The Botswana Chess Federation held the sixth annual Metropolitan National Championships this past week and Providence Oatlhotse and Boikhutso Mudongo emerged victorious in the male and female category, respectively.
The competition from other players was intense but the pair emerged victorious with just half a point separating them from their closest competitors.
Oathotse told Telegraph Sports that expectations were high based on his pedigree and his record but it was not an easy tournament but in the end he got his deserved reward.
“It was a hard field even if I was a clear favourite to win the event from the start after winning convincingly in leg one, leg two and now the final. I was a clear point ahead of the field in the last when I played my trainee in the last round who I offered a draw that reduced my last lead to half a point. That means I was comfortably on top of the game from round one,” he said.
Oatlhotse, who is an industrial designer by profession, is currently working for the public service at government printing and publishing services but still finds time to put in the time needed to perform at the highest levels.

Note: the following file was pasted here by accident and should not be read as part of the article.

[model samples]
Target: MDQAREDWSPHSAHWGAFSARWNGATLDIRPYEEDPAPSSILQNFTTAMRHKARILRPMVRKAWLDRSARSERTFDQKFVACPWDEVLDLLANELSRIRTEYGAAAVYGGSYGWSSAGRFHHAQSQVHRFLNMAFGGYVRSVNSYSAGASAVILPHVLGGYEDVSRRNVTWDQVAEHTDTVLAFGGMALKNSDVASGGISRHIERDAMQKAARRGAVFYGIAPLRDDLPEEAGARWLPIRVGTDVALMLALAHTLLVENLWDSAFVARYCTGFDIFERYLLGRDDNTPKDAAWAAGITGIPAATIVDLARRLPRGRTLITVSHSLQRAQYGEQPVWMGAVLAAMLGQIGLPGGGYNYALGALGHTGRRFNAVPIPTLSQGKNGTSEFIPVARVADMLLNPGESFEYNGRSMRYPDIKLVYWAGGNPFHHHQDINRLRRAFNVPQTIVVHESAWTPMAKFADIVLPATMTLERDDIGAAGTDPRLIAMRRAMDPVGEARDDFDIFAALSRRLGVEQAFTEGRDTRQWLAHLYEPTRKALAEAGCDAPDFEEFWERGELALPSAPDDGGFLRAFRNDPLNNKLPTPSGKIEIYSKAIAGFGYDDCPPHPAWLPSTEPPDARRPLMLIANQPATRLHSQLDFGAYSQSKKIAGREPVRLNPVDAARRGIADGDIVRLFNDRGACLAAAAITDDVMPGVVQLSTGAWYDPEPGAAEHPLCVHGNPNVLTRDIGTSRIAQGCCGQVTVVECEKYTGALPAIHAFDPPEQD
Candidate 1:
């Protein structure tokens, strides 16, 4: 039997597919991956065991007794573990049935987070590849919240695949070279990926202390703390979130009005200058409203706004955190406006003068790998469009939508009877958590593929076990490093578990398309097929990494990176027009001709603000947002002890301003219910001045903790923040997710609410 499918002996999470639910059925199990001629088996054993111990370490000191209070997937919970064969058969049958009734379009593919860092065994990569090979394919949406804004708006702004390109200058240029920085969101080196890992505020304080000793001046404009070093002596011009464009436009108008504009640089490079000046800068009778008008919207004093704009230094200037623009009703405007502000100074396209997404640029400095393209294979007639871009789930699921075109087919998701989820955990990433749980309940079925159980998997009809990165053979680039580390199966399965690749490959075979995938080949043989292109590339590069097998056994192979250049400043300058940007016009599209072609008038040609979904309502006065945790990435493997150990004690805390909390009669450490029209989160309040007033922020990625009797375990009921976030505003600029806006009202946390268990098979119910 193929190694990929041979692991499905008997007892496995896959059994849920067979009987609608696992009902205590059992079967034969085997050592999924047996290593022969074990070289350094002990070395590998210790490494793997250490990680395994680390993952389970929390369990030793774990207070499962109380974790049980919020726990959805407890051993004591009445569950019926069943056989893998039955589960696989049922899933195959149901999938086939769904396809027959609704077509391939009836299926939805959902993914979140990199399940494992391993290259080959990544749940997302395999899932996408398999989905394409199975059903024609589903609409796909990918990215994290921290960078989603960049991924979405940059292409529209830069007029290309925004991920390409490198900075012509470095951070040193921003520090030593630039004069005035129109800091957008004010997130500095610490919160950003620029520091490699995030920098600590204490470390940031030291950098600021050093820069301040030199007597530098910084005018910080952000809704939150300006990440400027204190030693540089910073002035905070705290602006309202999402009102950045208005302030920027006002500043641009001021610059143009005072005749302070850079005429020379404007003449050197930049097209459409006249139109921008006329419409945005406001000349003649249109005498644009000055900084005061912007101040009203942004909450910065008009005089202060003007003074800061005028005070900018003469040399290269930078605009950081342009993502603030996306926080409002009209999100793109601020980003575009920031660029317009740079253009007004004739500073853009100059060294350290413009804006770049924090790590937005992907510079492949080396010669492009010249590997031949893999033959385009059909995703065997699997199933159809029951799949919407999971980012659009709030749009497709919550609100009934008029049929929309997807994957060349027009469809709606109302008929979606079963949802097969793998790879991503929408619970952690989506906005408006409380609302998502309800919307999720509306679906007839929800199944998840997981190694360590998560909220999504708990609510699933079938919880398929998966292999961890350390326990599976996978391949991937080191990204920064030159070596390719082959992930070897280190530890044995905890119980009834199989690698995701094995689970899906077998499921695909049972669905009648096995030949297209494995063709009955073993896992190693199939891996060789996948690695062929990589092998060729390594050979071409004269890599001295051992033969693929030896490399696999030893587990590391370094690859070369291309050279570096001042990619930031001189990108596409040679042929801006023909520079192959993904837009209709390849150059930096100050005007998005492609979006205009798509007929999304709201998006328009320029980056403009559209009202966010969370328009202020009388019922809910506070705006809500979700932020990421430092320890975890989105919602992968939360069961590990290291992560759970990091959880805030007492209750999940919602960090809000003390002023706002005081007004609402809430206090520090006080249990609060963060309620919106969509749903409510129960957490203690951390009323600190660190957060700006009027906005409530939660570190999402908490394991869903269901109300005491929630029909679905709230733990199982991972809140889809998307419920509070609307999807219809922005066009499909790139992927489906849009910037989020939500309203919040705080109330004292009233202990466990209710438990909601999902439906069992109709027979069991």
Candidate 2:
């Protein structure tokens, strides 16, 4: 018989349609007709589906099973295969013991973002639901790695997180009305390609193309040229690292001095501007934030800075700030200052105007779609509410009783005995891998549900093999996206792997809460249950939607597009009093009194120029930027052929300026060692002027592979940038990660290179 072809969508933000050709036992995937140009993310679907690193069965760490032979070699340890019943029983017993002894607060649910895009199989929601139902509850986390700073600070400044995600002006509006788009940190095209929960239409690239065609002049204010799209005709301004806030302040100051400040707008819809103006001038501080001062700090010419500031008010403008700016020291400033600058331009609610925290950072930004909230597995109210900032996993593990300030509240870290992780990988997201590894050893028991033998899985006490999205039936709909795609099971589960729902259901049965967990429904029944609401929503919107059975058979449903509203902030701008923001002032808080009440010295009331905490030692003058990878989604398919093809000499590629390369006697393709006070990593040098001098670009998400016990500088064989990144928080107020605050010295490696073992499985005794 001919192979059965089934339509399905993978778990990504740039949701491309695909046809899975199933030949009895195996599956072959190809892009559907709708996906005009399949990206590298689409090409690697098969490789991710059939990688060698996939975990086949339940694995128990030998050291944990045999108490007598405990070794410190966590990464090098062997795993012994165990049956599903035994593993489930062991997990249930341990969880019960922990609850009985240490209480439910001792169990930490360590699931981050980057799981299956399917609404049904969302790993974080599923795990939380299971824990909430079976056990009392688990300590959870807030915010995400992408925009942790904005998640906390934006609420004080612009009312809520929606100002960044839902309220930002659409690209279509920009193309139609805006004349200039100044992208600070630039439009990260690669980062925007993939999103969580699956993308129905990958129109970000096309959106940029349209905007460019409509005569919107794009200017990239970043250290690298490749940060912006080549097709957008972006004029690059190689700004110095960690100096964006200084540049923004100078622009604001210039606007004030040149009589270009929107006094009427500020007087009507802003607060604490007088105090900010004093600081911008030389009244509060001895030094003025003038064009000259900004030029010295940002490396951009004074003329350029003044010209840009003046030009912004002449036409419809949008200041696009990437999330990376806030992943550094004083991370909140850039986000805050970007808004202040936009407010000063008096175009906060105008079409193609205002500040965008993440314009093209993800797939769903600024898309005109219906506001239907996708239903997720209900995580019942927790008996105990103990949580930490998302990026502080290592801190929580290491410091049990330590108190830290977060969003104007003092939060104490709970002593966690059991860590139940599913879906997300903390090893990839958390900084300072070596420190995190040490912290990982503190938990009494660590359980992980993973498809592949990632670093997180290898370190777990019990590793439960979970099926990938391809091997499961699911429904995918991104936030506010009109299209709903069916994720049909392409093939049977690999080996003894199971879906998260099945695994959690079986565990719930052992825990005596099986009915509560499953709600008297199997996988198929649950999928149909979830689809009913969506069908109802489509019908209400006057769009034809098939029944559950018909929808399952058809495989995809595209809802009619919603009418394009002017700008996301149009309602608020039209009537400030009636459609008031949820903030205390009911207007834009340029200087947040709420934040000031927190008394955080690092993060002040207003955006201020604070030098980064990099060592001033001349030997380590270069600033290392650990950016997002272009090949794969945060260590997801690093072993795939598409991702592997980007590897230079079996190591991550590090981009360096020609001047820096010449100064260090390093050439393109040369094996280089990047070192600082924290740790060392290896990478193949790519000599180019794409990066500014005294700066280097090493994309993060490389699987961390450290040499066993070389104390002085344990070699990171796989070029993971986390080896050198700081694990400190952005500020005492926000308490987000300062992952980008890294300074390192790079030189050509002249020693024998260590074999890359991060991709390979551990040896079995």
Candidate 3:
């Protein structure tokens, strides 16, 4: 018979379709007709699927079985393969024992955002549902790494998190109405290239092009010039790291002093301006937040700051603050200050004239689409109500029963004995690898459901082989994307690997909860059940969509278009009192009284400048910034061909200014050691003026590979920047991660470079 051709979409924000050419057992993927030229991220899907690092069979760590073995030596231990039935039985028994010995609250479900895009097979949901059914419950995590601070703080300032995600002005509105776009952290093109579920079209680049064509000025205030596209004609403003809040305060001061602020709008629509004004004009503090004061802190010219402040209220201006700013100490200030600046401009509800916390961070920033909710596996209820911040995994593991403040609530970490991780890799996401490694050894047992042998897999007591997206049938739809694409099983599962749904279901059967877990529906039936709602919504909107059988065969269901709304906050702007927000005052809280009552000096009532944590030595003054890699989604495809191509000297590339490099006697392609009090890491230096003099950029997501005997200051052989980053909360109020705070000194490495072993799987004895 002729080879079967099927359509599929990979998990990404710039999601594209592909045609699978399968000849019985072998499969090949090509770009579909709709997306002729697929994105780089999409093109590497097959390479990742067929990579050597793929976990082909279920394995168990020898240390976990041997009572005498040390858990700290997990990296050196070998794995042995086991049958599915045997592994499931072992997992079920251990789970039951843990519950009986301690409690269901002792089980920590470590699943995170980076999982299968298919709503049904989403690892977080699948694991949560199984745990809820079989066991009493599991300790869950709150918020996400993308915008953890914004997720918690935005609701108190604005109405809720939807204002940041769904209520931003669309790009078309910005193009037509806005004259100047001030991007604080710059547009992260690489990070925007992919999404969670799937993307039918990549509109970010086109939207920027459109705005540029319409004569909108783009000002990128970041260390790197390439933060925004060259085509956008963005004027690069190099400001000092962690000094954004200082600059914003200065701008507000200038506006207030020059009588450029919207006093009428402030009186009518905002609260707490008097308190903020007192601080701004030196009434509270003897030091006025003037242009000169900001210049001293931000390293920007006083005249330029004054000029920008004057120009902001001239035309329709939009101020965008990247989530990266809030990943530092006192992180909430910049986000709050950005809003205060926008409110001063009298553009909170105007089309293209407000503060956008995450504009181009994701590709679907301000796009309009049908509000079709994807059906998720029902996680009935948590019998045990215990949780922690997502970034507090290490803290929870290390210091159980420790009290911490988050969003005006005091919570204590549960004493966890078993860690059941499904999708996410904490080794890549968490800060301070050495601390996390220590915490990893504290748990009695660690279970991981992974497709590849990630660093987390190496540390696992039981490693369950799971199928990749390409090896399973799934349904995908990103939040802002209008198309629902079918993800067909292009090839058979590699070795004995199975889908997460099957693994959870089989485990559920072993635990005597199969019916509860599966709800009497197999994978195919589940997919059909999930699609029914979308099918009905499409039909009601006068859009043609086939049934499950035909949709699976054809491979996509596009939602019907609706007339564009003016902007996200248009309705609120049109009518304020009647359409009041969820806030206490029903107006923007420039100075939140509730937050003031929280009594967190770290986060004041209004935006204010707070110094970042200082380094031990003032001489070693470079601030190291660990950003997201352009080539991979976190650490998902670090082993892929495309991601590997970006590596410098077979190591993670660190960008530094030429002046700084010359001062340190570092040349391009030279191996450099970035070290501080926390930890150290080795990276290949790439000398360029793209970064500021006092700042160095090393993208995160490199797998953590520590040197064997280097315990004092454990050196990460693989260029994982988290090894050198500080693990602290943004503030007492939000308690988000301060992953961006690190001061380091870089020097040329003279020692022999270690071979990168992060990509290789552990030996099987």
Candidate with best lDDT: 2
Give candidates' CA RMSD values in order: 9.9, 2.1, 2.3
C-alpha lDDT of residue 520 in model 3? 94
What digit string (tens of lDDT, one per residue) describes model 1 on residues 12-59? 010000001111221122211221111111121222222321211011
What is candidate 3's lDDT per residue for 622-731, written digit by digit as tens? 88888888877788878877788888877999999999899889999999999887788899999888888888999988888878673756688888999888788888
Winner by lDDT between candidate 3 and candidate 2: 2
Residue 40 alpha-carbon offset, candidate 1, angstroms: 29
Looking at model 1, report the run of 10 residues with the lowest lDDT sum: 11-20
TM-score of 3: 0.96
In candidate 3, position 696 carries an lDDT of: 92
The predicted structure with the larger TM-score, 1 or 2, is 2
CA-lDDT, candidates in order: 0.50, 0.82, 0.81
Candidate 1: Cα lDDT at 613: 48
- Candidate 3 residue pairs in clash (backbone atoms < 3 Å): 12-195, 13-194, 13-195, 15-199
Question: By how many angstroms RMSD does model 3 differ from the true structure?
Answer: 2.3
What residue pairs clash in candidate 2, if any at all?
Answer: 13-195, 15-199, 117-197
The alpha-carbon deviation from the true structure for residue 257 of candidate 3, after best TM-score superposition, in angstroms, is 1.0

Asked what his feeling was after his victory, he said he was honoured at being the first to win the championships for the fourth time.
“I felt like I am lucky to be the greatest player my country has ever seen. You know that feeling that you are ready to retire and give the game to the youngsters, after becoming the first player since Botswana Chess Federation was born in 1982, to win it for the fourth time,” he said.
Oatlhotse applauded the current committee, saying it is making progress, he said he hopes through the World Chess Federation (FIDE) like they are now doing in South Africa there can be chess initiatives instilled in school curriculums in Botswana.
Oatlhotse is set play in an event by the Kasparov Foundation to promote the same initiative at the end of this month.